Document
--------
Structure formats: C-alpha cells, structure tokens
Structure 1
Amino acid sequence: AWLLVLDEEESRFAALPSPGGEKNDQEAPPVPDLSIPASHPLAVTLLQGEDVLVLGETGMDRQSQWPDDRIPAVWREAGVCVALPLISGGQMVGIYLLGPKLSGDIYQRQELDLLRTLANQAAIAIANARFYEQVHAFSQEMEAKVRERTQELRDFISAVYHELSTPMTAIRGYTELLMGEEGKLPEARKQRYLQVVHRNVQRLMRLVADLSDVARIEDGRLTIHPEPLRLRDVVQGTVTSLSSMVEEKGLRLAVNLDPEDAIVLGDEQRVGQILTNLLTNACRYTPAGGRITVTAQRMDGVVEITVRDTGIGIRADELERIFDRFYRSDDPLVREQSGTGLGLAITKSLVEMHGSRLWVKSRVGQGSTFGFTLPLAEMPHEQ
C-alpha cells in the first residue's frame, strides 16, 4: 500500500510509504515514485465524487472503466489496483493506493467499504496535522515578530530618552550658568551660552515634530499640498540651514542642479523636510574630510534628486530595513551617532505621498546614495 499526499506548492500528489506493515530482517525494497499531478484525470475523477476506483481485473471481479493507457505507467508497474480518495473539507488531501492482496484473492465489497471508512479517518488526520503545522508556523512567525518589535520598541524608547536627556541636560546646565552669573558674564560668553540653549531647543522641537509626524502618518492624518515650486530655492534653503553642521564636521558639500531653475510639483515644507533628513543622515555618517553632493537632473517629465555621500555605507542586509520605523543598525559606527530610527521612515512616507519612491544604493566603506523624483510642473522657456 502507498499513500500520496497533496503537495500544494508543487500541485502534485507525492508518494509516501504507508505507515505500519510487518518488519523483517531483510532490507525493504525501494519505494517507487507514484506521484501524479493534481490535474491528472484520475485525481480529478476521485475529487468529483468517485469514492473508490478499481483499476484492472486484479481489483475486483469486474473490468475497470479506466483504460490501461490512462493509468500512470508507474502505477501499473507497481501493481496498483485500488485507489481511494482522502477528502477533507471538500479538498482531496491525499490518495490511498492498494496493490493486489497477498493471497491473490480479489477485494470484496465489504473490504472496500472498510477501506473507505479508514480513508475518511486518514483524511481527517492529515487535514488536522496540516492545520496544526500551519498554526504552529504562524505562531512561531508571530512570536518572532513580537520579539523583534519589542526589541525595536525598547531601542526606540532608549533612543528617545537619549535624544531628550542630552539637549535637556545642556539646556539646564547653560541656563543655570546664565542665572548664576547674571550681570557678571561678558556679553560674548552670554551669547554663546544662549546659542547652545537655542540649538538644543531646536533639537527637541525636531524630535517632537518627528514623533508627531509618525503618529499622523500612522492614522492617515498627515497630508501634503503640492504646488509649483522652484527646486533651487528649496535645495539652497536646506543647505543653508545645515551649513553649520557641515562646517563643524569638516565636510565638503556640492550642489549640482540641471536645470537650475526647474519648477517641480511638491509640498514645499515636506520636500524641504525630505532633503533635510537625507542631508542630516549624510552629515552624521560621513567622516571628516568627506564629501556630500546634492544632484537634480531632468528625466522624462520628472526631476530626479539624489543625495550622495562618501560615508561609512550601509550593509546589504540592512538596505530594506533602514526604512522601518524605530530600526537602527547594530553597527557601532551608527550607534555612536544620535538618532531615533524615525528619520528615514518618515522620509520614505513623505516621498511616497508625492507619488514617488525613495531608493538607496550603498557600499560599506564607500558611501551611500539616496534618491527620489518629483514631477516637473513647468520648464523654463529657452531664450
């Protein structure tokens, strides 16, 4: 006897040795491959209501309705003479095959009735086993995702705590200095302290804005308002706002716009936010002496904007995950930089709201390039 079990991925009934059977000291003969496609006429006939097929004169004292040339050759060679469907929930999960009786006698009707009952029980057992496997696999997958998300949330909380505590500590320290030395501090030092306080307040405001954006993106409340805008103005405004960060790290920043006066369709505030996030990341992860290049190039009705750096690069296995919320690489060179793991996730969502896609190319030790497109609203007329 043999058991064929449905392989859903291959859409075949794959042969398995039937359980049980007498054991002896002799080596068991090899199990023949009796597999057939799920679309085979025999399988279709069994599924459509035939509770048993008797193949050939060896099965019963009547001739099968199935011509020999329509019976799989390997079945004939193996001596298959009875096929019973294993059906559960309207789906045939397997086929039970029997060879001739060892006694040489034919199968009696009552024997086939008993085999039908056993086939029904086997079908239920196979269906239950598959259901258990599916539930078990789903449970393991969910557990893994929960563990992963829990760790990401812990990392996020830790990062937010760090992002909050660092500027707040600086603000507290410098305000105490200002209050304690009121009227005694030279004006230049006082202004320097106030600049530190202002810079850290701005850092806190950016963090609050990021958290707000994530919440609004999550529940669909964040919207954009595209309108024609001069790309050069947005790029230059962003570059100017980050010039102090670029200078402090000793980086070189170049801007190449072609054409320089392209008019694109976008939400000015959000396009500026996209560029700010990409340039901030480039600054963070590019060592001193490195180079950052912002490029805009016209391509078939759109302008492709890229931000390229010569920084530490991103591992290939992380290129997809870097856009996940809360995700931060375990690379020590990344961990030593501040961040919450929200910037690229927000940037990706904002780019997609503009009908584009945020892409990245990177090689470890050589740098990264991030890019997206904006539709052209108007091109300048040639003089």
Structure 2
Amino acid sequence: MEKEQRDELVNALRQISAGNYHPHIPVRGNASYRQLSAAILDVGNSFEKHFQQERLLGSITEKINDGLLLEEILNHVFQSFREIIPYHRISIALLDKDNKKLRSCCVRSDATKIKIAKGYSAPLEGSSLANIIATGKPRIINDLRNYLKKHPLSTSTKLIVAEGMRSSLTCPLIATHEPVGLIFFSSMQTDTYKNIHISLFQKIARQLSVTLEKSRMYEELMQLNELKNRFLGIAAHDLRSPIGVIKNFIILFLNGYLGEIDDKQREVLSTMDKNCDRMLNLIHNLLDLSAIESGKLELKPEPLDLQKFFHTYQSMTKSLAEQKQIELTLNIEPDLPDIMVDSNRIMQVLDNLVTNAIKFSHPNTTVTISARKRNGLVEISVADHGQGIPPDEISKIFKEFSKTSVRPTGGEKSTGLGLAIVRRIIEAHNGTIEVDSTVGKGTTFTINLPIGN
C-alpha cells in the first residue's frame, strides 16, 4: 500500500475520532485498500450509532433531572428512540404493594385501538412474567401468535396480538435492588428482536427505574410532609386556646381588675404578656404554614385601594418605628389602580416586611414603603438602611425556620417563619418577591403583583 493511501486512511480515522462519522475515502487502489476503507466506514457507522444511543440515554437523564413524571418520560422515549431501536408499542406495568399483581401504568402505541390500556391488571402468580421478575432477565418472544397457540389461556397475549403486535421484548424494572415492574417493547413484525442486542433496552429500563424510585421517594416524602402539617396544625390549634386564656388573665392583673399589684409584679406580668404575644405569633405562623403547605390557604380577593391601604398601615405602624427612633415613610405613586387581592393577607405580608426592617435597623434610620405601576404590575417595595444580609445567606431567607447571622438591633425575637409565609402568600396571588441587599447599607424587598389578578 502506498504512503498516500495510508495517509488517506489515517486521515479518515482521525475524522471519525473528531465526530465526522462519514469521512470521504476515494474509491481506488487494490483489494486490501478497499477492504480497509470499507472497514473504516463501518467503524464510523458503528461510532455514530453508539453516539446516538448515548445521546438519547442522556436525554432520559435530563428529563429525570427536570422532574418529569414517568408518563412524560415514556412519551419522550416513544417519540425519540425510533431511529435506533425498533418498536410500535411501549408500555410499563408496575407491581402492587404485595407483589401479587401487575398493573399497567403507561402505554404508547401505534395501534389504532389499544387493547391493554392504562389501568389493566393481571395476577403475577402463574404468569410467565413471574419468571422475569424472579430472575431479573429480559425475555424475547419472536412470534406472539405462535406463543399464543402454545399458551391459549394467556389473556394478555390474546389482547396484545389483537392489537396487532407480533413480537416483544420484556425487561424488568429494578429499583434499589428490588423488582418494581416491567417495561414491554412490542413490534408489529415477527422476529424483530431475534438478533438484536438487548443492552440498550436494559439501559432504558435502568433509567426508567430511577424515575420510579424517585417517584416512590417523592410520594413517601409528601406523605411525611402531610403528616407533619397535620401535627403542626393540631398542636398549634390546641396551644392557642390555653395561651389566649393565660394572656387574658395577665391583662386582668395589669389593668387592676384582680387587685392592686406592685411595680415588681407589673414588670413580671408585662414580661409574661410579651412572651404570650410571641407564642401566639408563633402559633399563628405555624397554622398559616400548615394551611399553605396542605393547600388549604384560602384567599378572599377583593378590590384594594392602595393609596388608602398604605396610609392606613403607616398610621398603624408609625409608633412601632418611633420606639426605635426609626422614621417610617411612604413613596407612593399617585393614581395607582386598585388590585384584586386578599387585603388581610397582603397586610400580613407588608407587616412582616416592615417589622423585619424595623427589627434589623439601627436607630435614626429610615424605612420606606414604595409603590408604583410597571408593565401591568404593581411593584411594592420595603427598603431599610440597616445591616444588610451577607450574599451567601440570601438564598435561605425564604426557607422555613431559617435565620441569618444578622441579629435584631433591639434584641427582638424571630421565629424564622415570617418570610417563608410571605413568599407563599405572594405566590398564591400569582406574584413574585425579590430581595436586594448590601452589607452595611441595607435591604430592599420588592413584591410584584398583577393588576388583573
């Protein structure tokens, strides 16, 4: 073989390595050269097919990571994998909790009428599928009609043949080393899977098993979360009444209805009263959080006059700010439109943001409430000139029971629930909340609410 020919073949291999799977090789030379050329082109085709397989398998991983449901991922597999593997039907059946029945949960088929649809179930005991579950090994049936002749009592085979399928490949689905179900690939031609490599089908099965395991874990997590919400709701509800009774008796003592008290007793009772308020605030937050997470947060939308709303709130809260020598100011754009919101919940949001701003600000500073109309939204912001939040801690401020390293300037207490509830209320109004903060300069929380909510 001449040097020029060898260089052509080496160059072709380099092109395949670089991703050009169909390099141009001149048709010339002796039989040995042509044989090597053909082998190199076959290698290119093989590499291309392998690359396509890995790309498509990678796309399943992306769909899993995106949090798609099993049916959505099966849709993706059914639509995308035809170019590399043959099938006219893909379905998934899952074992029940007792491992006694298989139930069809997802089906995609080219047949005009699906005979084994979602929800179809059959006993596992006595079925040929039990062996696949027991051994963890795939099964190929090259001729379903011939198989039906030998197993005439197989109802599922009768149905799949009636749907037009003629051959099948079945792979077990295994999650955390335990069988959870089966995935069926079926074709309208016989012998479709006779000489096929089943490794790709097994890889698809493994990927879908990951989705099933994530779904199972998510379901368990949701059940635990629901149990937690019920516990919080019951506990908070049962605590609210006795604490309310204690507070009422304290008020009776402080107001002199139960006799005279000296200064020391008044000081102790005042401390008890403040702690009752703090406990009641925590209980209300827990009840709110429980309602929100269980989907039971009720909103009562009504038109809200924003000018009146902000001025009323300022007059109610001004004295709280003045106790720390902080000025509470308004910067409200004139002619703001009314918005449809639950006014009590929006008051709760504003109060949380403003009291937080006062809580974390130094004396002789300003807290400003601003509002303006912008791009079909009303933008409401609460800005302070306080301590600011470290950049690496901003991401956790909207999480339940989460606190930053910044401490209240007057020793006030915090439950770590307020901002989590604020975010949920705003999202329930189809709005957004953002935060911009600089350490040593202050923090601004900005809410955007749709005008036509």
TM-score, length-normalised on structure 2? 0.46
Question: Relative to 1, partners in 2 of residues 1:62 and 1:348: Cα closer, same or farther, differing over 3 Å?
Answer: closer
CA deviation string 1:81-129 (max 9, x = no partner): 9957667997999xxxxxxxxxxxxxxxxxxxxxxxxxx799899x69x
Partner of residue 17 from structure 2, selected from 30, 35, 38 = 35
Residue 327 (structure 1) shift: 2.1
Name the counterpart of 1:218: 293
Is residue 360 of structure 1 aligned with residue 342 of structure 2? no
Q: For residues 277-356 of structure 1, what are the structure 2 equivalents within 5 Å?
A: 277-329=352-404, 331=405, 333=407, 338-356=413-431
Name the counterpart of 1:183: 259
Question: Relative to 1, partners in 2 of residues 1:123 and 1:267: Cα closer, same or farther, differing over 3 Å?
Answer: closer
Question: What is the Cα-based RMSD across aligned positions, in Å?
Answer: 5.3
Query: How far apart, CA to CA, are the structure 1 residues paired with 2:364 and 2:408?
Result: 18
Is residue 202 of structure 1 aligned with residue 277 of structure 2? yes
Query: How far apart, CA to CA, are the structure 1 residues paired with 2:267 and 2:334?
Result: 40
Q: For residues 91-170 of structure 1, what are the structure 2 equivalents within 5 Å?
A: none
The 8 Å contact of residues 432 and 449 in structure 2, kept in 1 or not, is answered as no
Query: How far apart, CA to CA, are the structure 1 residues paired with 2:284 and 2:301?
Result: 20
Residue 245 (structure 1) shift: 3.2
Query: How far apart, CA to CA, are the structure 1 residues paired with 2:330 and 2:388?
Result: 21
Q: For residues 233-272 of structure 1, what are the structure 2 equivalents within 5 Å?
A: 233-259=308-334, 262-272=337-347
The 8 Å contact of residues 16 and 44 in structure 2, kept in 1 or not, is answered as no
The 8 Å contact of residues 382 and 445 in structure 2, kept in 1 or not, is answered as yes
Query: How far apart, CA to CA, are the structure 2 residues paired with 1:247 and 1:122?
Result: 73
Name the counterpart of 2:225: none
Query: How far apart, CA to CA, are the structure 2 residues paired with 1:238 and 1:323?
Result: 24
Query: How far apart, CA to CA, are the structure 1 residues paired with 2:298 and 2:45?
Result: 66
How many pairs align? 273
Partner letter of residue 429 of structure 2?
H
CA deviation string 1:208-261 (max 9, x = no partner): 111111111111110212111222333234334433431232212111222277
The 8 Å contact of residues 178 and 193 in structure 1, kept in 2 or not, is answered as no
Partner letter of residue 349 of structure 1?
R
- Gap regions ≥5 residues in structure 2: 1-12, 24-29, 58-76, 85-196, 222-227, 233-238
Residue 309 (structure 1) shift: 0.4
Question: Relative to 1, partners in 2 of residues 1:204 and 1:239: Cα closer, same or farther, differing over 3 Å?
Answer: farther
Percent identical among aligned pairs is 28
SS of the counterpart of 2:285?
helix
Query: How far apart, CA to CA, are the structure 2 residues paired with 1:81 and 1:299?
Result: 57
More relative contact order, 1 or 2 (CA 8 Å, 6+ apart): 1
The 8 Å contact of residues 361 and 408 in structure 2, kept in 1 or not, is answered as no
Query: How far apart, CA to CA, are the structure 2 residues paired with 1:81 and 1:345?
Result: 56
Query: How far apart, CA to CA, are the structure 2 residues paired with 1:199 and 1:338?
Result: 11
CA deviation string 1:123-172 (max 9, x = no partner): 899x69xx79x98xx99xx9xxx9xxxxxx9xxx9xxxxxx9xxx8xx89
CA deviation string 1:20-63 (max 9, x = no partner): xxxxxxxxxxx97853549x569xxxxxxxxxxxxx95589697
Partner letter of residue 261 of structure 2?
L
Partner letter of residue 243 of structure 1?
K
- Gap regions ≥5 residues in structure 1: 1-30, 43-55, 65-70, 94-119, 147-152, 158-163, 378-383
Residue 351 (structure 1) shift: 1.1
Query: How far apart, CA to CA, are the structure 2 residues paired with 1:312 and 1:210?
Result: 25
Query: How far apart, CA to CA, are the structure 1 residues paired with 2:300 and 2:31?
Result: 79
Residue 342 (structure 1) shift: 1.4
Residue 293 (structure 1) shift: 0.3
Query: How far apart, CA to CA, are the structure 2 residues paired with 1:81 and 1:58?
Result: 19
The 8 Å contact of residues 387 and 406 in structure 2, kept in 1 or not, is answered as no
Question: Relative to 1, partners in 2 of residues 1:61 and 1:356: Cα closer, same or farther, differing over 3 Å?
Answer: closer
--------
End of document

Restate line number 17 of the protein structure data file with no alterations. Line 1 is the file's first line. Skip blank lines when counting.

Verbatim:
Is residue 360 of structure 1 aligned with residue 342 of structure 2? no